Keeping registers for co-operatives
Registers are a helpful way to record information on a range of subjects. In most cases, you will use them to record your financial transactions.
You must keep certain information on a register.
All registers must be kept in Queensland at either:
- your registered office
- your principal place of business
- another office where you keep and work with the register
- another office approved by us (the Office of Fair Trading).
You must keep registers of:
- your directors
- your members and any shares
- cancelled memberships showing their last activity date
- co-operatives legislation
- your rules
- your last annual report
- minutes of each general meetings
- notifiable interests
- any loans you’ve made or been guarantor for
- any securities you’ve taken out
- co-operative capital units
- the names of people who
- provided loans or deposits
- hold any securities or debentures that you’ve issued.
Members are entitled to inspect these registers for free during reasonable hours. You may charge a fee if they wish to take a copy—if your rules allow for such a fee.
You must also keep a register of loans, securities, debentures and deposits the co-operative has issued or received. Members are not entitled to inspect this register.
Notifiable interests register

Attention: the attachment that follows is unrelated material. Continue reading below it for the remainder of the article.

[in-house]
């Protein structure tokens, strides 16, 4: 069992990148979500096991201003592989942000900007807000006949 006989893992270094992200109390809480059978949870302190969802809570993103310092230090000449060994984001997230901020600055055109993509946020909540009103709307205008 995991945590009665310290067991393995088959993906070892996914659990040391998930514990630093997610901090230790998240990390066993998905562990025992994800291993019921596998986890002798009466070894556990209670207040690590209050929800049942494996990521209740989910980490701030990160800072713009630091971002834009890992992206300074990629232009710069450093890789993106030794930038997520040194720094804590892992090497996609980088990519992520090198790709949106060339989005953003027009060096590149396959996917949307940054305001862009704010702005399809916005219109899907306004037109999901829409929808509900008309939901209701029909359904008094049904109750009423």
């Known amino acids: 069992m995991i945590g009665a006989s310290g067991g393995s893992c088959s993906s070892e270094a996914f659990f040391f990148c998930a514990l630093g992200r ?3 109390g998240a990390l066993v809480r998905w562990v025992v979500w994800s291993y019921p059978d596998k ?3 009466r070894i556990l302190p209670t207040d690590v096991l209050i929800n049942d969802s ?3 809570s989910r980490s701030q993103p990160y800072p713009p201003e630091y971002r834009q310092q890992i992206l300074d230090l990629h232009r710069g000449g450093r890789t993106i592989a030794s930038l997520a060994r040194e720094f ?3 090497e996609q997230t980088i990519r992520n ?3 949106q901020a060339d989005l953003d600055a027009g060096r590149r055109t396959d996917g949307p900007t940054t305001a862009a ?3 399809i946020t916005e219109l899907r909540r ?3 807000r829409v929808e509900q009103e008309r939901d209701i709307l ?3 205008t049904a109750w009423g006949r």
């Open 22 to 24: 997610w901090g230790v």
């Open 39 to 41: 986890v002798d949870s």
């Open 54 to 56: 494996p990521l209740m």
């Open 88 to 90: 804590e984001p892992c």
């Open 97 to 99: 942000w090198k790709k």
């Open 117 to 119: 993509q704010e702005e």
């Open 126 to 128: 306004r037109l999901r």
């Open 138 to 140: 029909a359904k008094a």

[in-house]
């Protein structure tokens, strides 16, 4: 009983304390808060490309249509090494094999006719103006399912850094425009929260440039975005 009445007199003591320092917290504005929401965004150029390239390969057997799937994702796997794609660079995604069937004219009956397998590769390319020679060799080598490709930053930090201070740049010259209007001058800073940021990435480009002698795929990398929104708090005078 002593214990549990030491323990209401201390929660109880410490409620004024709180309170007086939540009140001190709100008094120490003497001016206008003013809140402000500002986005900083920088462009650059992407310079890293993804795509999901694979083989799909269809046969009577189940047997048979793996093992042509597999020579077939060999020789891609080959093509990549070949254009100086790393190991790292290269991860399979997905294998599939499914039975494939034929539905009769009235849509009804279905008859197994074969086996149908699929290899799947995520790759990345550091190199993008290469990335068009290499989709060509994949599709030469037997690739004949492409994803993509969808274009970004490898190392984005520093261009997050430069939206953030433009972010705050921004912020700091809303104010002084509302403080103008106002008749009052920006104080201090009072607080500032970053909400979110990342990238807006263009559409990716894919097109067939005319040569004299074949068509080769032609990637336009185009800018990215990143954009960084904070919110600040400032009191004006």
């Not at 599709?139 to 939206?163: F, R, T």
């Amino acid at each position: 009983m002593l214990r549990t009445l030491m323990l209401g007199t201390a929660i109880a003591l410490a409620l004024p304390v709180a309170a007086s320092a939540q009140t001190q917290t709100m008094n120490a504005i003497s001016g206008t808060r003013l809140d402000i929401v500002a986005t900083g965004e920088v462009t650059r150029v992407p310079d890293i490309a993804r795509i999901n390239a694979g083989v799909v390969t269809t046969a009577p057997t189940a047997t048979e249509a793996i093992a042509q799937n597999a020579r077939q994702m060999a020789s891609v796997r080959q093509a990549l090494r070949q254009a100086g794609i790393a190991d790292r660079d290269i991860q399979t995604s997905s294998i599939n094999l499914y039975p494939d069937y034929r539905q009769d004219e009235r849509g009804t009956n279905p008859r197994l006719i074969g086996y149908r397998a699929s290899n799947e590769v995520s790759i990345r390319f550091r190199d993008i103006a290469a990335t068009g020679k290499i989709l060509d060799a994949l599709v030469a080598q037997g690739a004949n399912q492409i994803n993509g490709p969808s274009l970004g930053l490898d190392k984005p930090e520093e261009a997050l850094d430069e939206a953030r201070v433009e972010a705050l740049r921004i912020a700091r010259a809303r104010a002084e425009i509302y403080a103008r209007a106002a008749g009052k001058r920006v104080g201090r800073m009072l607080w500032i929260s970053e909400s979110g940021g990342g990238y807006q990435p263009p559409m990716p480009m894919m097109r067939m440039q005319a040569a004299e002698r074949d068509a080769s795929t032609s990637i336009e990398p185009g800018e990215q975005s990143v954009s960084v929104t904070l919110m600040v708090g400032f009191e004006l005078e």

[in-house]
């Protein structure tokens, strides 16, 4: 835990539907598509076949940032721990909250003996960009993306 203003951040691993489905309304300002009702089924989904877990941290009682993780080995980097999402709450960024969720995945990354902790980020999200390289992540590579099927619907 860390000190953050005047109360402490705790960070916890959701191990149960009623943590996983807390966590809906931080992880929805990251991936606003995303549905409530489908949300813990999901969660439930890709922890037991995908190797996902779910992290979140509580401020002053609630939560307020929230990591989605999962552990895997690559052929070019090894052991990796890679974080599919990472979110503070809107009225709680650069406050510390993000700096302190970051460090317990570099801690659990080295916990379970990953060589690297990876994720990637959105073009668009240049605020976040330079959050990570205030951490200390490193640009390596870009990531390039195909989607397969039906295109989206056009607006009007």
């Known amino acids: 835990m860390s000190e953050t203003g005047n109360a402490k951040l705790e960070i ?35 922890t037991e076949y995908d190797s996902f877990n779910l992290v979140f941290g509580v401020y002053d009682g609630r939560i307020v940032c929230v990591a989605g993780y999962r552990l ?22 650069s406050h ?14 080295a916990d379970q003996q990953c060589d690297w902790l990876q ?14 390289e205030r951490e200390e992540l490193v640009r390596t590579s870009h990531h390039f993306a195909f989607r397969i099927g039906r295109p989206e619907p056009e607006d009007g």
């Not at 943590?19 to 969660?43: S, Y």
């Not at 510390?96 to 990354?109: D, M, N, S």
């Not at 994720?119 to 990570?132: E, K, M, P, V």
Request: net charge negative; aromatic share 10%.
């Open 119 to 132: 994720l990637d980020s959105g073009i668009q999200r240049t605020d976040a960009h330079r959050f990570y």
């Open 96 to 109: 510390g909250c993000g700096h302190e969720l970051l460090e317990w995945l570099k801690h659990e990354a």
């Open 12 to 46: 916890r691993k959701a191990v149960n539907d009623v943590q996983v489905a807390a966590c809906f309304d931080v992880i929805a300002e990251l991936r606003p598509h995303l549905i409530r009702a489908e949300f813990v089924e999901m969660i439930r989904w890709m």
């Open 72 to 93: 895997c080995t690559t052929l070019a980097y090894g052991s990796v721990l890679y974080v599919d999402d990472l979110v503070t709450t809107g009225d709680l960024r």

A person must give you notice if they have a:
- relevant interest in the right to vote of a member
- substantial share interest.
This is known as a notifiable interest.
You must keep a register of these interests and members are entitled to inspect this register for free during reasonable hours.
Shares in distributing co-operatives
The law limits the value of an individual’s shares. Their shares must not be worth more than 20% of the total nominal value of your share capital.
Work out the total nominal value by:
- setting out the nominal value of each share in your rules
- multiplying this value by the total number of shares you issue.
You can increase the 20% limit on shares by either:
- holding a special resolution
- applying to us.
We must approve the special resolution and may impose certain conditions.
You might need to raise money to:
- fund certain activities
- buy new equipment or other items.
We regulate the ways that you can fundraise. You can raise money by releasing:
- co-operative capital units
- additional funds.
Contact us for more information.
If you need to borrow funds, your lender can register a charge against your property. This becomes the security for the debt.
They can register their charge with the Personal Property Securities Register (PPSR).
A charge has priority over other forms of unsecured debts. If your co-operative goes out of business, your debts will be paid in priority order. If you cannot pay the lender:
- your charged property is sold
- the lender is paid their money from the sale
- other creditors must wait until the lender has all the money you owed them.
Contact the PPSR to find out more.
You may also need to seek legal advice.